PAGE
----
Albania, Argentina, Australia, Austria, Bahrain, Belgium, Bolivia, Brazil, Bulgaria, Canada, Chile, China, Colombia, Costa Rica, Croatia, Czech Republic, Democratic Republic of the Congo, Denmark, Dominican Republic, Ecuador, Egypt, El Salvador, Estonia, Finland, France, Germany, Great Britain, Greece, Guatamala, Honduras, Hong Kong, Hungary, Iceland, India, Indonesia, Ireland, Israel, Italy, Jamaica, Japan, Jordan, Kazahkstan, Kenya, Latvia, Lesotho, Libya, Lithuania, Luxembourg, Macedonia (The Former Yugoslav Republic of), Malaysia, Malta, Mexico, Montenegro, Morocco, Mozambique, Netherlands, New Zealand, Nicaragua, Norway, Pakistan, Panama, Paraguay, Peru, Philippines, Poland, Portugal, Puerto Rico, Republic of Korea, Republic of Serbia, Romania, Russian Federation, Saudi Arabia, Singapore, Slovakia, South Africa, Spain, Sweden, Switzerland, Taiwan, Thailand, Turkey, Ukraine, United Arab Emirates, United Republic of Tanzania, United States of America, Uruguay, Venezuela

Names

g11n currently supports the parsing and formatting of personal names in the following languages:

Chinese, Dutch, English, French, German, Italian, Spanish

Phone Numbers (Formatting)

g11n currently supports phone number parsing and formatting for the following countries:

Australia, Belgium, China, France, Germany, Hong Kong, India, Ireland, Italy, Luxembourg, Mexico, Netherlands, New Zealand, Singapore, Spain, United Kingdom, United States of America

Phone Numbers (Geographical Location)

g11n currently supports the ability to determine a phone number's region of origin within a country for the following countries:

Australia, Belgium, China, France, Germany, India, Ireland, Italy, Mexico, Netherlands, New Zealand, Spain, United Kingdom, United States of America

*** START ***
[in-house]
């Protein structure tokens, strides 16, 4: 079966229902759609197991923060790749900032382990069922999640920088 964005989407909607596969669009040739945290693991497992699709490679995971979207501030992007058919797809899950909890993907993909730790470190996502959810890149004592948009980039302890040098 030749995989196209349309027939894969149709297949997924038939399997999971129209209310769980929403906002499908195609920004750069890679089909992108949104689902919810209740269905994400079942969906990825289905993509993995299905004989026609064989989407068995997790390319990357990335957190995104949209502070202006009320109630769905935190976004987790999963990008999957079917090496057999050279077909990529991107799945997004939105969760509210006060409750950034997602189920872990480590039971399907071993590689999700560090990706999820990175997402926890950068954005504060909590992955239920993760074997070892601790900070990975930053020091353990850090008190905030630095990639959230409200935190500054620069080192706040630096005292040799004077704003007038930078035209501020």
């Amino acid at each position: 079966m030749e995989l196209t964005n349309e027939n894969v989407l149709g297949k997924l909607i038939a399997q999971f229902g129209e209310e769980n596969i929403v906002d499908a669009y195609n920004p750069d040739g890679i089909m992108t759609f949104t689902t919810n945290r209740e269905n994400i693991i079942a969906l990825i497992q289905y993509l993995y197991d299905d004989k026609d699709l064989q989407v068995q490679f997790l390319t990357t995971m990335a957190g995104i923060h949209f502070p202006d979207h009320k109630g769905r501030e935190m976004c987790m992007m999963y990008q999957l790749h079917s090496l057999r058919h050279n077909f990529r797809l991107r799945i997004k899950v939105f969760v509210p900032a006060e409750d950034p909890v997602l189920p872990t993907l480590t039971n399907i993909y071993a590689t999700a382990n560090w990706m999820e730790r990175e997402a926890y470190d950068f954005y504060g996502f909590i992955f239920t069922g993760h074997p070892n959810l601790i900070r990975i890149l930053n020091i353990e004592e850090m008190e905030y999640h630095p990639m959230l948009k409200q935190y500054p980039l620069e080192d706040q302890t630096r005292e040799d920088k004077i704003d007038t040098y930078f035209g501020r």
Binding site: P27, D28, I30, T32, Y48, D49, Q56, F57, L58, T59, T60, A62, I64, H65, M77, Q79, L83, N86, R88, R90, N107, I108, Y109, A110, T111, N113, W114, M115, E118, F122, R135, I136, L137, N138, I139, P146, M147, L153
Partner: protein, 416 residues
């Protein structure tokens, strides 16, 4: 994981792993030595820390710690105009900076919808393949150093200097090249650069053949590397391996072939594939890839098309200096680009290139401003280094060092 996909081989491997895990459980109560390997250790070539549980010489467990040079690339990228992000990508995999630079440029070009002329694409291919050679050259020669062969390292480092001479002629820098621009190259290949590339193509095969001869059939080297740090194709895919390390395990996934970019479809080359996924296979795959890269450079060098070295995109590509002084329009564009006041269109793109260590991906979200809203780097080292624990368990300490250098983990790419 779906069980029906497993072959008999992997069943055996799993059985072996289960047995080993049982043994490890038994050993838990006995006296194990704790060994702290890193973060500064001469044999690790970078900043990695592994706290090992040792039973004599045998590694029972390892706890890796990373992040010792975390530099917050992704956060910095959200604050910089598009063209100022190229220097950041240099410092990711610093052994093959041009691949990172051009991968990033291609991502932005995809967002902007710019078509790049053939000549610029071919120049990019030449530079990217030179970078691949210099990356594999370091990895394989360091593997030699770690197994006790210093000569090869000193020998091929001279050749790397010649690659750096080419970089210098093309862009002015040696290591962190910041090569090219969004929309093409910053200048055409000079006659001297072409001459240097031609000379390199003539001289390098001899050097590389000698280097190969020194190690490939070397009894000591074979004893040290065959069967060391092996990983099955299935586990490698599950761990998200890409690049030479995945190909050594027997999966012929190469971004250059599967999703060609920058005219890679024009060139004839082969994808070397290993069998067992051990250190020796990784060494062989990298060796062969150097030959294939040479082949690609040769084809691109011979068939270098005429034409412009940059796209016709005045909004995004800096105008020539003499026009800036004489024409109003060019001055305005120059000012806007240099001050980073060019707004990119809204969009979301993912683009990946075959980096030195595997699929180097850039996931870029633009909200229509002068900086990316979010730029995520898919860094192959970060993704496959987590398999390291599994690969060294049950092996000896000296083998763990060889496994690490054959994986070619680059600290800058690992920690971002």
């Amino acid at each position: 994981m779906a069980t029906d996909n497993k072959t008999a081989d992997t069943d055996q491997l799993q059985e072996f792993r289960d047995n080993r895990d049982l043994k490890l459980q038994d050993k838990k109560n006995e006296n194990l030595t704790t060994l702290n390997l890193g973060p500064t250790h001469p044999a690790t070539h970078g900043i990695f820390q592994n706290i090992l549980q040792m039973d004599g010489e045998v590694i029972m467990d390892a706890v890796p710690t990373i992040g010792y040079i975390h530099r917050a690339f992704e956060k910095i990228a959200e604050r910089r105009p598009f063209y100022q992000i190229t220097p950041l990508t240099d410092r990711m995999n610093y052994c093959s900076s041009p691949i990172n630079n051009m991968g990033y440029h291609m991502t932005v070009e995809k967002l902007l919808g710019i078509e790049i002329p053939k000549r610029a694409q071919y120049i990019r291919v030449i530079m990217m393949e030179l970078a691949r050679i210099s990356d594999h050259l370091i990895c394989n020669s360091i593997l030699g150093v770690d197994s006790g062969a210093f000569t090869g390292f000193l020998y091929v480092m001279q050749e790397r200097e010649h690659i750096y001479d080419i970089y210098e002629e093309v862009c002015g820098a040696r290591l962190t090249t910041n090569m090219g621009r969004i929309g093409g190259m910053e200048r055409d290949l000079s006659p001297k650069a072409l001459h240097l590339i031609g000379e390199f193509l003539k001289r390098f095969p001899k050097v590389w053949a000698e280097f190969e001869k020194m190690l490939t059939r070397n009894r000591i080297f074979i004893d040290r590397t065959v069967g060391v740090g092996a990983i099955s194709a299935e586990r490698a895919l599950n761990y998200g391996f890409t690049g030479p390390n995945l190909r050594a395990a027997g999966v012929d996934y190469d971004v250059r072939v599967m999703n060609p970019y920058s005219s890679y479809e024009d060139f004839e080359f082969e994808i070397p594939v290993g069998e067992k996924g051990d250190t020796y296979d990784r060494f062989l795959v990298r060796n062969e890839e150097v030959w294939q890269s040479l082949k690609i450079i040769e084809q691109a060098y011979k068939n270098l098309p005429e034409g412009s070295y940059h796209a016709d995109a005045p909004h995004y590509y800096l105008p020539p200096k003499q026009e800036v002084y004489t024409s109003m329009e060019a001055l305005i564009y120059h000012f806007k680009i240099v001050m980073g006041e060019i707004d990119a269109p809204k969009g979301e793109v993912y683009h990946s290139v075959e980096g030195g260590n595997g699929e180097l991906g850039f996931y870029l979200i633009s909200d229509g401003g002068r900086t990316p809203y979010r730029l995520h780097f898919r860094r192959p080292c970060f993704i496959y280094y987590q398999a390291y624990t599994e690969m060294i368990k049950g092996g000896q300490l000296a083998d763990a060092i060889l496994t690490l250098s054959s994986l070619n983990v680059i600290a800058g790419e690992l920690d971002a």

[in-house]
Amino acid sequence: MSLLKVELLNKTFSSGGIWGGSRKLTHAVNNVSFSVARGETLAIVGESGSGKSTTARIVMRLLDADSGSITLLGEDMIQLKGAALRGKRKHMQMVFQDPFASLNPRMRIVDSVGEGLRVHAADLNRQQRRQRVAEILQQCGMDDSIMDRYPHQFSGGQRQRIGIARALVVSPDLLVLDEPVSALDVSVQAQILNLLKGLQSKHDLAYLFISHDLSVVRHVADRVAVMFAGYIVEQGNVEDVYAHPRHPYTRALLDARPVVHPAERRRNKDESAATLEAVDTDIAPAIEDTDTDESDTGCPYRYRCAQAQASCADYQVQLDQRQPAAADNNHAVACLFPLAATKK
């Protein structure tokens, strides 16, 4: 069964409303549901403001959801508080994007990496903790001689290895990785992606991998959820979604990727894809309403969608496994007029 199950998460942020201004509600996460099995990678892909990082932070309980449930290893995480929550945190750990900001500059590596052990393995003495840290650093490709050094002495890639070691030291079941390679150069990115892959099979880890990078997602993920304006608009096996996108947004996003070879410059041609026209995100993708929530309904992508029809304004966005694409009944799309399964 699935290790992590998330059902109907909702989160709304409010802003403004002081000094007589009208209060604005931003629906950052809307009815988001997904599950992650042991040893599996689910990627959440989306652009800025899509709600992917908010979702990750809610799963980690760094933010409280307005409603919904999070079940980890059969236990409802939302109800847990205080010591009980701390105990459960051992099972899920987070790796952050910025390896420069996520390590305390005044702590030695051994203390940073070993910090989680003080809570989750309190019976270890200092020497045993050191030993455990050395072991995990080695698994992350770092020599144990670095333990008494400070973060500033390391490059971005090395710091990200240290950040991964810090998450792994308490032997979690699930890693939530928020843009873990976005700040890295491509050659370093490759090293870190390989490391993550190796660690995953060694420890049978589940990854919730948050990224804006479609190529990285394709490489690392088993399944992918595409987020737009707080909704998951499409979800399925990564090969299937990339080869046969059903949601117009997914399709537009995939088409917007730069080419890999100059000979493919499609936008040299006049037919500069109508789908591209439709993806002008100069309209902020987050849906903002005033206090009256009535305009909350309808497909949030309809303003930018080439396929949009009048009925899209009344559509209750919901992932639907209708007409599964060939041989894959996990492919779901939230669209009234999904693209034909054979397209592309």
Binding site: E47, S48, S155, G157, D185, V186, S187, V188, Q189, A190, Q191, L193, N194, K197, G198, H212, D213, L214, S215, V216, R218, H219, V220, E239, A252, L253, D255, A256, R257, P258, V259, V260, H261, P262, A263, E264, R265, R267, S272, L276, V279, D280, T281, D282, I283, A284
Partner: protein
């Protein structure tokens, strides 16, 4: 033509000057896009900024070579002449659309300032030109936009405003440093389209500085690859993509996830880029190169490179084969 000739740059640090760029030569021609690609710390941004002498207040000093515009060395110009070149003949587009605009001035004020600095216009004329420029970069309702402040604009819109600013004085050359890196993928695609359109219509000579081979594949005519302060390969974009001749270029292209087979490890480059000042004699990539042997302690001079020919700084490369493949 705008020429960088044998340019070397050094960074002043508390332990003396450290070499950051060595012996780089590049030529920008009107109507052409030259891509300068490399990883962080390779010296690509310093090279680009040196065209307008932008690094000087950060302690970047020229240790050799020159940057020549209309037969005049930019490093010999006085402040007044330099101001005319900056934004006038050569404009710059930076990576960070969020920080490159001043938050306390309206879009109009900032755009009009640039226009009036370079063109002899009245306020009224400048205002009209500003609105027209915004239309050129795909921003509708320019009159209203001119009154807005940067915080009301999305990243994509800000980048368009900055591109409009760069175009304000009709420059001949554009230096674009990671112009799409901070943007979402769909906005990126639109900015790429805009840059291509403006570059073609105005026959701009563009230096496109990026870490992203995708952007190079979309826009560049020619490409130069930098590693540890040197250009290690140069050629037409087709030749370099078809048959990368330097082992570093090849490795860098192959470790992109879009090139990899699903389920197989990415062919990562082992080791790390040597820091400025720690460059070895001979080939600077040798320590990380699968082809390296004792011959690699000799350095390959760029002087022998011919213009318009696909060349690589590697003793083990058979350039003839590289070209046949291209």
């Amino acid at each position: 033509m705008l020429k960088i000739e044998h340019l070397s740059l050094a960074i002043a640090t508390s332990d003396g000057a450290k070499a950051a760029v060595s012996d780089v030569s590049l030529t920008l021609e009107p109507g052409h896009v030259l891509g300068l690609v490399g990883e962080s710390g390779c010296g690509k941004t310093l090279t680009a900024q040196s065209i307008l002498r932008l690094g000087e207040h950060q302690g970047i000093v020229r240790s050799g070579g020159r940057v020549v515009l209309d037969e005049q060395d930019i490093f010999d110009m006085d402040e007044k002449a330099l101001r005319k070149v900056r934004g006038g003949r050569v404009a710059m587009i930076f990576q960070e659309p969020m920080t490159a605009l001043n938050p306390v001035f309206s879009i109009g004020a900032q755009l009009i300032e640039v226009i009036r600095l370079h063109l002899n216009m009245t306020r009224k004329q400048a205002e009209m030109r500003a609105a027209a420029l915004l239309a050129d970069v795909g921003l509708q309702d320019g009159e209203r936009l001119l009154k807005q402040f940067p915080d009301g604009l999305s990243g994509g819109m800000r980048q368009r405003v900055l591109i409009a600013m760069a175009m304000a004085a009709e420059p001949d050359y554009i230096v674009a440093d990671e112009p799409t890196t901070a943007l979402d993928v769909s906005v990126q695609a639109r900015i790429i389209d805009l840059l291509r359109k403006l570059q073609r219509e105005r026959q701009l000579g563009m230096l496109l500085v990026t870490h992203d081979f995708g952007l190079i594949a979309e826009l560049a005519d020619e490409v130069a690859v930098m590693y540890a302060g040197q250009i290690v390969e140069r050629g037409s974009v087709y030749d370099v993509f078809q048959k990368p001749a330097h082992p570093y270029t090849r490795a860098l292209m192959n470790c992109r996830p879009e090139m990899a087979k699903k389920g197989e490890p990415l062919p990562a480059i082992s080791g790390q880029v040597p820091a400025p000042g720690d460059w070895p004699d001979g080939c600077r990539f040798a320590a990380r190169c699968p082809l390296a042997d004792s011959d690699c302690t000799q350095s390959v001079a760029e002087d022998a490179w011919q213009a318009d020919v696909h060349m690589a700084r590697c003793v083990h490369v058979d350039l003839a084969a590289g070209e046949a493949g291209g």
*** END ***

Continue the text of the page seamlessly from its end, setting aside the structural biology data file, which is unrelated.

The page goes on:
Addresses

While the g11n library's support for parsing and formatting addresses is currently a work-in-progress, we plan to have support for addresses in the following countries:

Australia, Belgium, Canada, China, France, Germany, Hong Kong, India, Ireland, Italy, Luxembourg, Mexico, Netherlands, New Zealand, Singapore, Taiwan, United Kingdom, United States of America

Adding g11n to Your App

The effort needed to add g11n to an app is really quite minimal.

Enyo Apps

To use g11n in an Enyo application, include the library just as you would onyx or layout:

  • In your app's lib directory, check out the g11n repo from GitHub. (In a command-line git client, you can do this by issuing the command git clone git@github.com:enyojs/g11n.git.)

  • In the app's package.js file, add an entry for "$lib/g11n".

Non-Enyo Apps

To use g11n in a non-Enyo app, do the following:

  • In your app's root directory, check out the Enyo core:

    git clone git@github.com:enyojs/enyo.git
    
  • Then check out the g11n library:

    git clone git@github.com:enyojs/g11n.git
    
  • Finally, in your index.html file, add the following <script> tags:

    <script src="enyo/enyo.js">
    <script src="g11n/package.js">
    

To learn more about g11n, see the documentation in the API Viewer (where individual files from the library are listed under the "Modules" tab), as well as the example code in the Enyo Sampler.